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1962 12 Hours Of Sebring International Grand Prix Race Program, Phil Hill on cover SOLD
SOLD 1962 12 Hours of Sebring International Grand Prix of endurance. World Champ Phil Hill on cover. Featured all the great international drivers:Hall, Sharp, Hill, Moss, Clark, Donahue, Rodriques, Cunningham, and all the road racing stars of that era. 30 pages of Vintage ads, stories and photos of a historic time for US road racing. International cars and drivers over the twisting Sebring course for 12 hours.
SOLD 1962 12 Hours of Sebring International Grand Prix of endurance. World Champ Phil Hill on cover. March of 1962 featured all the great international drivers:Hall, Sharp, Hill, Moss, Clark, Donahue, Rodriques, Cunningham, and all the road racing stars of that era.
30 pages of Vintage ads, stories and photos of a historic time for US road racing. International cars and drivers over the twisting Sebring course for 12 hours.
Please check photos as they are part of the description.
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The 12 Hours of Sebring is an annual motorsport endurance race for sports cars held at Sebring International Raceway, on the site of the former Hendricks Army Airfield World War II air base in Sebring, Florida. The event is the second round of the United SportsCar Championship and in the past has been a round of the now defunct World Sportscar Championship, IMSA GT Championship and American Le Mans Series. In 2012, the race was the opening event of the FIA World Endurance Championship.
The track opened in 1950 on an airfield and is a road racing course styled after those used in European Grand Prix motor racing. The first race was a six-hour race on New Year’s Eve 1950, with the next race held 14 months later as the first 12 Hours of Sebring. The race is famous for its “once around the clock” action, starting during the day and finishing at night. From 1953 to 1972 the 12 Hour was a round of the FIA’s premier sports car series which was contested under various names including the World Sportscar Championship and the International Championship for Makes.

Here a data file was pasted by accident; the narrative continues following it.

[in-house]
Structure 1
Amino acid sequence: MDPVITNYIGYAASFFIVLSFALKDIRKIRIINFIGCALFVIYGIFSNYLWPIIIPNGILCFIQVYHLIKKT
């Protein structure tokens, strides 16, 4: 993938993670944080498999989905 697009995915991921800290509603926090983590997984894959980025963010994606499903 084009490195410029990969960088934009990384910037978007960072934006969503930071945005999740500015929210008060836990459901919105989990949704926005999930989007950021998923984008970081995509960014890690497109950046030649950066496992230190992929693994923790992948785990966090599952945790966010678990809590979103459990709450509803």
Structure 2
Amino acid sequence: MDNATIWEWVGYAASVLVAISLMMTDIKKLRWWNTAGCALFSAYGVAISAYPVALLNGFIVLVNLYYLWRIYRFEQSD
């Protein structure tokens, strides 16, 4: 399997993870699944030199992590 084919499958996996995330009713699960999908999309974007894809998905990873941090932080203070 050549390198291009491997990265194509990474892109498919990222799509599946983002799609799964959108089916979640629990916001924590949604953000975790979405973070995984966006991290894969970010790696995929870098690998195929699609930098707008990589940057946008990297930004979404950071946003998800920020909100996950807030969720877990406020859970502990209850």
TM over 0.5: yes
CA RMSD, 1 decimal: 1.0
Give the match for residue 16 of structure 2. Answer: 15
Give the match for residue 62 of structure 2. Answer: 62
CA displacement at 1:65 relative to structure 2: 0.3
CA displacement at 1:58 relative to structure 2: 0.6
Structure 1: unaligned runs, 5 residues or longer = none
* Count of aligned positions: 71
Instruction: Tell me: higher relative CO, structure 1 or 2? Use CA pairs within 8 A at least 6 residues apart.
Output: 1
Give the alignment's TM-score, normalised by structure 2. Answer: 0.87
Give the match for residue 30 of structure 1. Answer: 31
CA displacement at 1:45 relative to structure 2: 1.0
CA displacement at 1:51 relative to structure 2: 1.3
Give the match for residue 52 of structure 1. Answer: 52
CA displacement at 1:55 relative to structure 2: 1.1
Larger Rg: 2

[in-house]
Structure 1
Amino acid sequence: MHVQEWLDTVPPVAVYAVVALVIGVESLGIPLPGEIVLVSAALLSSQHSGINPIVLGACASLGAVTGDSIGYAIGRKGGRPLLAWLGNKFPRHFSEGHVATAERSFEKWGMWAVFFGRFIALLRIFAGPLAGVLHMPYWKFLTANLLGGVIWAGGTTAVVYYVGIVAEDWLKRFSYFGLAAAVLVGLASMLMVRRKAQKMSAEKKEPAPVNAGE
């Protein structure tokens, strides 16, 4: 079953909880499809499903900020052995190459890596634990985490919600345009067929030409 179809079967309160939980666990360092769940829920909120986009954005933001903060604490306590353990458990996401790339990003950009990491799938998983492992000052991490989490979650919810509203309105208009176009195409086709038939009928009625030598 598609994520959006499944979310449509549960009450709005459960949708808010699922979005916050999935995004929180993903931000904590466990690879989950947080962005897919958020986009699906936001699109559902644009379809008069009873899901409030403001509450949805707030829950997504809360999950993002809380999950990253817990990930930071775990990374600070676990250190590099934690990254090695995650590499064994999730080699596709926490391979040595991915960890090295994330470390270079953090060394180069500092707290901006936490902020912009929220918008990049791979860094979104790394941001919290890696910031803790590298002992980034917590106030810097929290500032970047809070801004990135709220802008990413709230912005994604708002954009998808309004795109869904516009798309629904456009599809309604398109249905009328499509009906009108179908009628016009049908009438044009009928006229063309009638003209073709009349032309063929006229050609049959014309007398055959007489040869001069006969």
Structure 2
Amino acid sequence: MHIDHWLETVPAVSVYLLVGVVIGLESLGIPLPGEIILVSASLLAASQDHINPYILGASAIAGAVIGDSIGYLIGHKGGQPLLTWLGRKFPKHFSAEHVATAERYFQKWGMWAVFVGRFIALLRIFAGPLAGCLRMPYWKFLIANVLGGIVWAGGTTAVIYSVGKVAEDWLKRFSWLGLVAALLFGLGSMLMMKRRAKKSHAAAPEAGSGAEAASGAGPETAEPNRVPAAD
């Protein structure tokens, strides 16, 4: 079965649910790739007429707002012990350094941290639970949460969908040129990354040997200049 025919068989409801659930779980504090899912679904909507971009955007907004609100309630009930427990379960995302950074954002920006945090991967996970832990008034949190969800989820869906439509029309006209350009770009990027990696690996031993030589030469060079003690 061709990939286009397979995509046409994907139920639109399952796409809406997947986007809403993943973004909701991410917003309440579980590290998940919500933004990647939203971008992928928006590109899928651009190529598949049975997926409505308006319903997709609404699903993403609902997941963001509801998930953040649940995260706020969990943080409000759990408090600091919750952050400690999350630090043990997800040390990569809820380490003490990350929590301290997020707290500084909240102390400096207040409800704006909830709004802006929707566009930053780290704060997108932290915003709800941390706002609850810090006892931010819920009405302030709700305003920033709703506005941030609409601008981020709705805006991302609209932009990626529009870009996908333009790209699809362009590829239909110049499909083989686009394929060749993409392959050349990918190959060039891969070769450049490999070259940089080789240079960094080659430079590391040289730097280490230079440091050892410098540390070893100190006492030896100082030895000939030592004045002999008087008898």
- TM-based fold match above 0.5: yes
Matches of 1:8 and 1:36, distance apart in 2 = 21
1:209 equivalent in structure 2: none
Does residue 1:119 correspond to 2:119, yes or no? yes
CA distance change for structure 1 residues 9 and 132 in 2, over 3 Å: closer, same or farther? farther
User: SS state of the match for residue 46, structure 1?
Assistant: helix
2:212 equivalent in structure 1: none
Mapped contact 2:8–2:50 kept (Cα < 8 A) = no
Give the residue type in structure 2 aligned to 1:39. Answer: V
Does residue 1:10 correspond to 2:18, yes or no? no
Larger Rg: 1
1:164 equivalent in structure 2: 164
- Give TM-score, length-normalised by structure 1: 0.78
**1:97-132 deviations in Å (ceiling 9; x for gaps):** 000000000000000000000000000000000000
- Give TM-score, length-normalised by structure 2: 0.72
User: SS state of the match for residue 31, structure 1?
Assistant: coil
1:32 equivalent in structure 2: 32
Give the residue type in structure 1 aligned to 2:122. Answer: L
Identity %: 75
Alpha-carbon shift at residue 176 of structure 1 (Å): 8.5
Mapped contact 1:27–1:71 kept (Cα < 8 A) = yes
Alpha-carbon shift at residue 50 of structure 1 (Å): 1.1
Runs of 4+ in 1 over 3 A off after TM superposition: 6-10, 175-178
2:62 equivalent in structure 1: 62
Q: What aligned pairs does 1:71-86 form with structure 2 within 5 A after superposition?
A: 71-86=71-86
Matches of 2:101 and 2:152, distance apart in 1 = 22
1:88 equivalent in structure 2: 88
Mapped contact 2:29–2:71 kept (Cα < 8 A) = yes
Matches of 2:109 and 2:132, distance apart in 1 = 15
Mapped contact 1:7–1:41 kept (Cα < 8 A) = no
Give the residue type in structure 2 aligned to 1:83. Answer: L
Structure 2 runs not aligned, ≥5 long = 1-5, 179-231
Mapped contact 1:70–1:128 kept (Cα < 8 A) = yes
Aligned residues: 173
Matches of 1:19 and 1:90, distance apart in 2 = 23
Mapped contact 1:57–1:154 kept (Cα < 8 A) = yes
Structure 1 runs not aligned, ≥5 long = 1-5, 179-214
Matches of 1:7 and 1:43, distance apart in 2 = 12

In its early years, the Sebring circuit combined former airport runways with narrow two-lane service roads. The 1966 event was a turning point in Sebring history, as the facilities and the safety of the circuit were heavily criticized. Five people were killed during the race, which was more people killed than in the race’s prior 15-year history combined. Bob McLean crashed while approaching the hairpin; his car rolled several times, struck a utility pole and then exploded, landing in a ditch and killing McLean.
In another incident Mario Andretti in his Ferrari 365 P2 tangled with Don Wester’s Porsche 906 on the Warehouse Straight near the Webster Turns, killing four spectators and then crashing into a warehouse next to the track. Subsequent to these events, the facilities were upgraded and the circuit layout was changed, including eliminating the Webster Turns and creating the Green Park Chicane further down the track to move the straight further away from the airport warehouses. The circuit was made safer and there were no fatalities until 1980.